One of the most significant Roman ruins in England and one of the most visited tourist sites in northern England, Hadrian’s Wall bisects the country from the North Sea in the east to the Irish Sea in the west. It was constructed in AD 122 when the Roman Emperor Hadrian took over the empire and was keen to protect Roman Britain from the barbarians in the north. Many people wrongly believe that the wall marks the border between England and Scotland but it doesn’t – that lies a mile north of the western end of the wall and over one hundred miles north of the eastern end of the wall.
Many sections of the wall are still intact as well as forts and garrisons, and the way the wall was built varied according to which regiment built it and the available materials; for example, some parts are made of stone, others of earth and turf. You can visit Hadrian’s Wall for a few hours, a day, or even follow its path for a week-long walk. There is a well-signposted National Trail walking path along 84 miles of the wall, and also good cycling trails. In addition from April until October each year, a bus route runs along the route of the wall, the Hadrian’s Wall Country Bus AD122 (see what they’ve done here with the route number!) from Newcastle Central Station to Carlisle with connecting buses to Bowness on Solway, a small coastal village built on the site of the Roman fort Maia that was the end of the wall.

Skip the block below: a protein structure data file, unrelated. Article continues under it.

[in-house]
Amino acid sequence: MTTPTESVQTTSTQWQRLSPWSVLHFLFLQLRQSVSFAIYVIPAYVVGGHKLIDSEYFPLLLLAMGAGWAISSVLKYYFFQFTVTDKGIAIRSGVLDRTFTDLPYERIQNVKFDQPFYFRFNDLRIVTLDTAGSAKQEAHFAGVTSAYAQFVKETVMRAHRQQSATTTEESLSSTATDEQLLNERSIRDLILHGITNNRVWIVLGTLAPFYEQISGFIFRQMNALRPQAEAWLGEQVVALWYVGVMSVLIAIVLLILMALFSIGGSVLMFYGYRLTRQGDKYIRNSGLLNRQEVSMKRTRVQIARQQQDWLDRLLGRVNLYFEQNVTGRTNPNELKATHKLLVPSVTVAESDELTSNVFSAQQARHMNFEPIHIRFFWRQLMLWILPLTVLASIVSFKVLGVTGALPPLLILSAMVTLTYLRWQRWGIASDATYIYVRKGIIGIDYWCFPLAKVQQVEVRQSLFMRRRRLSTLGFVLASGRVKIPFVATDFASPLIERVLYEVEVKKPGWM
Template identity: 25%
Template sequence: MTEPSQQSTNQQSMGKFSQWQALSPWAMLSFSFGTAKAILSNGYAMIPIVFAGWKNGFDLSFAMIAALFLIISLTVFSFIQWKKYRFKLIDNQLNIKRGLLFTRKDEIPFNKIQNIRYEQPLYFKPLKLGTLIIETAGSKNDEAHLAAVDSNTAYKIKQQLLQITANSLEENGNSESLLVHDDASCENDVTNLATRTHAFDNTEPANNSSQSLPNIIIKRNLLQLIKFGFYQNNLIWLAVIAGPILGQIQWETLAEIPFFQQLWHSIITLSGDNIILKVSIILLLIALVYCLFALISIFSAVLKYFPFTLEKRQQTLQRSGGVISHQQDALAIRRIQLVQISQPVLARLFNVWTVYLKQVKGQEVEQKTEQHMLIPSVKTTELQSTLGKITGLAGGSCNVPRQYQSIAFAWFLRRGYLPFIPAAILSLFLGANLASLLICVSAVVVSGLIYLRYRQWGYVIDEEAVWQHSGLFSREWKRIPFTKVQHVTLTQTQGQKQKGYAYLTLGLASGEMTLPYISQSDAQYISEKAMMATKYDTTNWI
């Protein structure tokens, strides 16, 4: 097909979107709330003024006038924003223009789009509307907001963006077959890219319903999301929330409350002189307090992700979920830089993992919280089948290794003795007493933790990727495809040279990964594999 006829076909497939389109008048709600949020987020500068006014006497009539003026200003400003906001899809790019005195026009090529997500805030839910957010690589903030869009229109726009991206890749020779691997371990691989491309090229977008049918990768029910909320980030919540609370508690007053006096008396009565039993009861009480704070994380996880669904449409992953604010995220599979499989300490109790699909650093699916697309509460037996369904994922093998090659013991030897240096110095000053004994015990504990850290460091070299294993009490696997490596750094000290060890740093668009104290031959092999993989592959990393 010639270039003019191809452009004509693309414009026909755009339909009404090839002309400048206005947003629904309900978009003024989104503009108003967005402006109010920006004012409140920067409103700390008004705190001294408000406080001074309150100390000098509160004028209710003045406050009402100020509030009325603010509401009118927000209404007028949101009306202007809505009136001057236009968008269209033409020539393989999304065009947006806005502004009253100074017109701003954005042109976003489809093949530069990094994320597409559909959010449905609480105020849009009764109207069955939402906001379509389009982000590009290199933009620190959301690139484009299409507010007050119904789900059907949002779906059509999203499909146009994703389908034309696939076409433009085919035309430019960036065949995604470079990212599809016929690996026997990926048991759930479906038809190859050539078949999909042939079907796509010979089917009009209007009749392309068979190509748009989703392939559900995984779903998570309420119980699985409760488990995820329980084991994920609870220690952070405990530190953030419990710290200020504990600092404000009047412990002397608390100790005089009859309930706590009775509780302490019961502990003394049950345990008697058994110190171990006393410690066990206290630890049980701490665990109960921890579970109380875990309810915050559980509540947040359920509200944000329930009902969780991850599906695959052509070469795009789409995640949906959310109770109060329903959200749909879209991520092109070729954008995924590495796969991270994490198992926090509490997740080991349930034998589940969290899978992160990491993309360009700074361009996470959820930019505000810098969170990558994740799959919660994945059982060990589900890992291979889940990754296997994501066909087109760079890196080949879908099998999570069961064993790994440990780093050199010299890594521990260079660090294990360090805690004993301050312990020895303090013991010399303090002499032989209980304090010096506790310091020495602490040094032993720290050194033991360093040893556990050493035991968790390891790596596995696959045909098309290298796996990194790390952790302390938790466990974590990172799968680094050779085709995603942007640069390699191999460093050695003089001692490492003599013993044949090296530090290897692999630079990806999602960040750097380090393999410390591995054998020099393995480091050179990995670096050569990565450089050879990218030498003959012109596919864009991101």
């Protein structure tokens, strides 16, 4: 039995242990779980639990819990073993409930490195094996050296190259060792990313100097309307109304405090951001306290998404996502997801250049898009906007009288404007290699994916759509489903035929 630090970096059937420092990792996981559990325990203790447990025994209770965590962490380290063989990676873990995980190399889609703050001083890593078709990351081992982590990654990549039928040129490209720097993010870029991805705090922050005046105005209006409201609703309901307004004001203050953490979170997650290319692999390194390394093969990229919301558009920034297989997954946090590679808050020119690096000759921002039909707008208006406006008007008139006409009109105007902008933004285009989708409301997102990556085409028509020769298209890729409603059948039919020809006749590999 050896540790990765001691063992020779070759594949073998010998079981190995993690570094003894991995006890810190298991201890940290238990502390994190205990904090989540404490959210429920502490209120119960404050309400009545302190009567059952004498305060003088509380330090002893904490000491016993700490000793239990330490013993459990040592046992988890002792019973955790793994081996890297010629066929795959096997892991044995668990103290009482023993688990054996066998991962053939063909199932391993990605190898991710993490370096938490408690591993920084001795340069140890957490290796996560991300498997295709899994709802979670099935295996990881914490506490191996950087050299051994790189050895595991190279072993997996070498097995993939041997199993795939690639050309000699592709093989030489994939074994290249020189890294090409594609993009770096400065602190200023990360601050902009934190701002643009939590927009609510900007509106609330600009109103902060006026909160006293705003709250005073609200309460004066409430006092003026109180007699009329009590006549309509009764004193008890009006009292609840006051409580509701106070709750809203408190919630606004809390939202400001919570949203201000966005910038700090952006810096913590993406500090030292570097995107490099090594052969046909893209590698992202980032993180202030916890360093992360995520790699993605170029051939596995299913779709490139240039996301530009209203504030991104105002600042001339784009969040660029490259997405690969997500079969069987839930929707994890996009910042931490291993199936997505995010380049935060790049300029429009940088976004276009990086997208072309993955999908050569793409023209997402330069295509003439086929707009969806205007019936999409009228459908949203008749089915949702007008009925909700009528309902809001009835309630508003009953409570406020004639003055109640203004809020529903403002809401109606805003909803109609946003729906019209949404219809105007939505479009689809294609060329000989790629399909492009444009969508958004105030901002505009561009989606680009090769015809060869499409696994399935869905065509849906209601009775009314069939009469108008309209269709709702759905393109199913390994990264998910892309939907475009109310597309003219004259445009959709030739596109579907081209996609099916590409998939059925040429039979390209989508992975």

The bus takes bicycles and is a great way to explore the length of the wall. Just south-west of Carlisle lies the famous and very beautiful English Lake District so you might want to combine a trek along Hadrian’s Wall with a visit to the lakes.